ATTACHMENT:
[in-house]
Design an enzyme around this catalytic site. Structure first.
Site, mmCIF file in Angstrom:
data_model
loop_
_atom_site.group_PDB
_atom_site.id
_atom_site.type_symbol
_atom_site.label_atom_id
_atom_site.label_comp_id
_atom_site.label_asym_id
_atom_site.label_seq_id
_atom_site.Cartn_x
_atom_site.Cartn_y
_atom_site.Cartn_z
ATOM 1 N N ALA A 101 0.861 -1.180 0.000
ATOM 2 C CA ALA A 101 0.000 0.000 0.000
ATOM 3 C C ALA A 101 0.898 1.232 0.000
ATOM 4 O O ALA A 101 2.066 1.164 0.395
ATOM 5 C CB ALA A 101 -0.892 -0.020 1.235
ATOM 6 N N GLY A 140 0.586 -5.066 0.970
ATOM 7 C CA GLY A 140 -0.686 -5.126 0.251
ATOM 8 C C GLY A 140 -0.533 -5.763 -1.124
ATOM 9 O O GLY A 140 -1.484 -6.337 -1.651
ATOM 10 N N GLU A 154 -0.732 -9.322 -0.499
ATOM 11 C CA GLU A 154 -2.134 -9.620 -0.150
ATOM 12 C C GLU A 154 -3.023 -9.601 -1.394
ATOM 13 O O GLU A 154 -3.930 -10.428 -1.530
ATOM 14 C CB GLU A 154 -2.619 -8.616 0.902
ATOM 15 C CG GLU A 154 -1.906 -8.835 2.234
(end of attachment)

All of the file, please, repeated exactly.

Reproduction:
[in-house]
Design an enzyme around this catalytic site. Structure first.
Site, mmCIF file in Angstrom:
data_model
loop_
_atom_site.group_PDB
_atom_site.id
_atom_site.type_symbol
_atom_site.label_atom_id
_atom_site.label_comp_id
_atom_site.label_asym_id
_atom_site.label_seq_id
_atom_site.Cartn_x
_atom_site.Cartn_y
_atom_site.Cartn_z
ATOM 1 N N ALA A 101 0.861 -1.180 0.000
ATOM 2 C CA ALA A 101 0.000 0.000 0.000
ATOM 3 C C ALA A 101 0.898 1.232 0.000
ATOM 4 O O ALA A 101 2.066 1.164 0.395
ATOM 5 C CB ALA A 101 -0.892 -0.020 1.235
ATOM 6 N N GLY A 140 0.586 -5.066 0.970
ATOM 7 C CA GLY A 140 -0.686 -5.126 0.251
ATOM 8 C C GLY A 140 -0.533 -5.763 -1.124
ATOM 9 O O GLY A 140 -1.484 -6.337 -1.651
ATOM 10 N N GLU A 154 -0.732 -9.322 -0.499
ATOM 11 C CA GLU A 154 -2.134 -9.620 -0.150
ATOM 12 C C GLU A 154 -3.023 -9.601 -1.394
ATOM 13 O O GLU A 154 -3.930 -10.428 -1.530
ATOM 14 C CB GLU A 154 -2.619 -8.616 0.902
ATOM 15 C CG GLU A 154 -1.906 -8.835 2.234